The anionic strength of the toner mother particles can be increased through the toner mother particles containing a negatively chargeable charge control agent. The cationic strength of the toner mother particles can be increased through the toner mother particles containing a positively chargeable charge control agent. However, if sufficient chargeability is secured in the toner, there is no need to use a charge control age.

(Magnetic Powder)

The toner mother particles may each contain a magnetic powder. Examples of materials of the magnetic powder that can be preferably used include ferromagnetic metals (specific examples include iron, cobalt, and nickel) or an alloy thereof, ferromagnetic metal oxides (specific examples include ferrite, magnetite, and chromium dioxide), and materials subjected to ferromagnetization (more specifically, thermal treatment or the like). A single magnetic powder may be used. Alternatively, plural magnetic powders may be used in combination.

[External Additive]

An external additive may be caused to adhere to the surfaces of the respective toner mother particles. For example, when the external additive is stirred together with the toner mother particles, the external additive adheres (physically bond) to the surfaces of the respective toner mother particles by physical force. The external additive may be used for example in order to improve fluidity or handling property of the toner. The amount of the external additive (in a situation in which plural external additives are used, the total amount thereof) is preferably at least 0.5 parts by mass and no greater than 10 parts by mass relative to 100 parts by mass of the toner mother particles in order to improve fluidity or handling property of the toner. In order to improve fluidity or handling property of the toner, the external additive preferably has a particle size of at least 0.01 μm and no greater than 1.0 μm.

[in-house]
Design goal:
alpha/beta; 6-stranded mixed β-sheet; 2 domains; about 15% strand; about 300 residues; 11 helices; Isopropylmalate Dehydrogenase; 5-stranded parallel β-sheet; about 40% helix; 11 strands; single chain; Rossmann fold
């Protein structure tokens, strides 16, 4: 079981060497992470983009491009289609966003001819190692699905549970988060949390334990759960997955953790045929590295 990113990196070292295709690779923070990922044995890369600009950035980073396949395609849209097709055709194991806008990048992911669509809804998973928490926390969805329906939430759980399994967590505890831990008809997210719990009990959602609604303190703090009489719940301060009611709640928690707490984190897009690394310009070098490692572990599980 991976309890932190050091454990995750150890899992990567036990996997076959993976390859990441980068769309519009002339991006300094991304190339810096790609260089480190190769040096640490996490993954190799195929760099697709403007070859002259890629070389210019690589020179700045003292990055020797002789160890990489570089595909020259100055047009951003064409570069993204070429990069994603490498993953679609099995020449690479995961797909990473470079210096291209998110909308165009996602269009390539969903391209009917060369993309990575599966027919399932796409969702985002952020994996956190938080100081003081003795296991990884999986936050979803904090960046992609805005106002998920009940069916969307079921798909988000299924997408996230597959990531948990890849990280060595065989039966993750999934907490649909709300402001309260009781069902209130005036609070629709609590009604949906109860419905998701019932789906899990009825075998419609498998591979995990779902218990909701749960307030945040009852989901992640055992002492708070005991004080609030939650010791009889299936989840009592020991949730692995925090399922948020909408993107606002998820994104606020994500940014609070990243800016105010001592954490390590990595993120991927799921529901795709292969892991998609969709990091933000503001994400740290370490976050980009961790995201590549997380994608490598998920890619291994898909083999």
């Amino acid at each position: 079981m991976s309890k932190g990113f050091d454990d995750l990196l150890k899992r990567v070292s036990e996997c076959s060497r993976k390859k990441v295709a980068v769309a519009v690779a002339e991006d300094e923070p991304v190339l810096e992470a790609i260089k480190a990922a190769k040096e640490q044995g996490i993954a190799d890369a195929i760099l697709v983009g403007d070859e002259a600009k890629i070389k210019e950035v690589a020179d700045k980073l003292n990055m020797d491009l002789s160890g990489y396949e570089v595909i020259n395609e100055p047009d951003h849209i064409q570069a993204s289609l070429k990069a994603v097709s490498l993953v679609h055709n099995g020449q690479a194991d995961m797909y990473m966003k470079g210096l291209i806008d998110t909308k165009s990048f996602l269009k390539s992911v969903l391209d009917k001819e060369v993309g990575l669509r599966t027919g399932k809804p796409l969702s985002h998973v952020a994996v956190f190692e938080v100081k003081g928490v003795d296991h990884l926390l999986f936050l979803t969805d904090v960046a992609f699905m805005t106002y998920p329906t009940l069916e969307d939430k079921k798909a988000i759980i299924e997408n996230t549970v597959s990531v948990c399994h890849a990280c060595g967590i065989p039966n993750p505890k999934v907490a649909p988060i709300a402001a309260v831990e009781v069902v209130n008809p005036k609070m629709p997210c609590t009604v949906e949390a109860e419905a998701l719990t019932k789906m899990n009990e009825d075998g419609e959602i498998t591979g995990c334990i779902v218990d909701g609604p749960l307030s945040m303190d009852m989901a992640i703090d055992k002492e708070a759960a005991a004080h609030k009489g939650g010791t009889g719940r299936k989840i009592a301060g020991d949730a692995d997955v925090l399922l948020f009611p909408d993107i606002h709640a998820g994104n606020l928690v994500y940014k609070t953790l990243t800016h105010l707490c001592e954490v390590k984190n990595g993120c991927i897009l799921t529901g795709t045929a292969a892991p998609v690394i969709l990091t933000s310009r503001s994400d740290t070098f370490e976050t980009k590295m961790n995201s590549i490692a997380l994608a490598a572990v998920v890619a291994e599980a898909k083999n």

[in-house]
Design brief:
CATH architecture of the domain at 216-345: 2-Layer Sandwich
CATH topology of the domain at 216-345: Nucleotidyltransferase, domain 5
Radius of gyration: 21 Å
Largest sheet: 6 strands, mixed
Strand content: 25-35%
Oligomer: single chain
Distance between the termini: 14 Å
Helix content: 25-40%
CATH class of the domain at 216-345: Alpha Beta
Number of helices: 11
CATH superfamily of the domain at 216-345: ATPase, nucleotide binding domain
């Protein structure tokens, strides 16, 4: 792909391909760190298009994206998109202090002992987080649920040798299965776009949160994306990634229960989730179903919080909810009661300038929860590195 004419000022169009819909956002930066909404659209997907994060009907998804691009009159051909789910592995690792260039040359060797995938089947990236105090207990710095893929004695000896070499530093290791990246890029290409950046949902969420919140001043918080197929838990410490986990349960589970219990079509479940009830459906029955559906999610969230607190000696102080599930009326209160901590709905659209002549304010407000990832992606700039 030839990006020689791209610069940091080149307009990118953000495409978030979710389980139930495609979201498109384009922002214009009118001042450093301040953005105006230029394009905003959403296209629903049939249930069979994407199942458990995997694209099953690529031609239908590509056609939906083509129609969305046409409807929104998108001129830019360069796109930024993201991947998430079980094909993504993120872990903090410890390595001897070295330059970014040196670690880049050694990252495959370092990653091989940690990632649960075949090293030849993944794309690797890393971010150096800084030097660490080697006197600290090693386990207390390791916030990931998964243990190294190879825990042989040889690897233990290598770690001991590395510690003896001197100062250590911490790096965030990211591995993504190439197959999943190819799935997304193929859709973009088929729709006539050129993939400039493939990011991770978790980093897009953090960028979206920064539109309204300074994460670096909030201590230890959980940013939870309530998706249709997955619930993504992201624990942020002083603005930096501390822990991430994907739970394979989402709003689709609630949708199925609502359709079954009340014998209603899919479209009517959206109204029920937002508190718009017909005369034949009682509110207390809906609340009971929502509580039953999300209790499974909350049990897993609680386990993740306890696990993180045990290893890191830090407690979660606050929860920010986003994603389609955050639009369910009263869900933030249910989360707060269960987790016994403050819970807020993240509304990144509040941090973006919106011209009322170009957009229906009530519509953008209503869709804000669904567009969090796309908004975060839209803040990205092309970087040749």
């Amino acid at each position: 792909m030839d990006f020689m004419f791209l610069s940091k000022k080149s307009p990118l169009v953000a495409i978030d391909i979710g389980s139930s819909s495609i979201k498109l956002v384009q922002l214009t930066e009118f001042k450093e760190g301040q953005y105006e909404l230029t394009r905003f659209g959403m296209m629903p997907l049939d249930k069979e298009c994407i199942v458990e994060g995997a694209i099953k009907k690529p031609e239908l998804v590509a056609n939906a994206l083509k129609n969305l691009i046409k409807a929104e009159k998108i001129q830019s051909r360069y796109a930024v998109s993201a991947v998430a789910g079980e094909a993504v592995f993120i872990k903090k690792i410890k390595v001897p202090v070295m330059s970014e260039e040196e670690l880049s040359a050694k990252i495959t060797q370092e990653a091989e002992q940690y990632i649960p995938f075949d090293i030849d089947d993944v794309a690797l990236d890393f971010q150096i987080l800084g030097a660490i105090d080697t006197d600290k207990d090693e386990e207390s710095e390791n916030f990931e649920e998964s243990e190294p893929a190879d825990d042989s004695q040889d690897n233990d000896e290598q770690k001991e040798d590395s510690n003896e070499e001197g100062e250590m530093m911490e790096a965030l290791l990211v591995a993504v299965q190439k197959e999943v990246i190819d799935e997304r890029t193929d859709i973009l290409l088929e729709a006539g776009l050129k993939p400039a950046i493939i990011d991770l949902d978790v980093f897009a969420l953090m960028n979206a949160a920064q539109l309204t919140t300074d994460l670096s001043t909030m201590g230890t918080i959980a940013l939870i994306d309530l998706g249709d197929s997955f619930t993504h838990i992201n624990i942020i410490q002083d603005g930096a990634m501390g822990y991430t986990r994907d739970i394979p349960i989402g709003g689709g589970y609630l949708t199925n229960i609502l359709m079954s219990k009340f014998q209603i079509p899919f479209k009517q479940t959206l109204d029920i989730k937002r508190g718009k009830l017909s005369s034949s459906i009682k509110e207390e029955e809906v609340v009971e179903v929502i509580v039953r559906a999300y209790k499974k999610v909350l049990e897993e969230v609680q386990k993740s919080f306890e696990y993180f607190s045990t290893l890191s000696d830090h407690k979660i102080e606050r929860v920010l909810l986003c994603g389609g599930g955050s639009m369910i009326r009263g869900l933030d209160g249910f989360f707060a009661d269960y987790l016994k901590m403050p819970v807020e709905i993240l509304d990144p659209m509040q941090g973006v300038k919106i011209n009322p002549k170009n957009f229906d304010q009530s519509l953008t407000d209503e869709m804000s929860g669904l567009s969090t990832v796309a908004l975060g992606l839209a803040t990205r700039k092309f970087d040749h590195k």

A preferable example of the external additive is inorganic particles. Silica particles or particles of a metal oxide (specific examples of metal oxides include alumina, titanium oxide, magnesium oxide, zinc oxide, strontium titanatem, and barium titanate) are further preferable. However, resin particles may be used as the external additive. A single external additive may be used. Alternatively, plural external additives may be used in combination.

[Toner Producing Method]

A toner producing method according to the present embodiment preferably has the following feature (2).

(2) The toner producing method includes a preparatory process, a melt-kneading process, and a pulverization process. The preparatory process to prepare a crystalline polyester resin involves causing condensation at least one alcohol and at least one carboxylic acid and causing a reaction between the resultant condensate, at least one styrene-based compound, and at least one acrylic acid-based compound. The melt-kneading process to obtain a melt-kneaded substance involves melt-kneading a toner material containing at least the crystalline polyester resin and a non-crystalline polyester resin. The pulverization process involves pulverizing the melt-kneaded substance.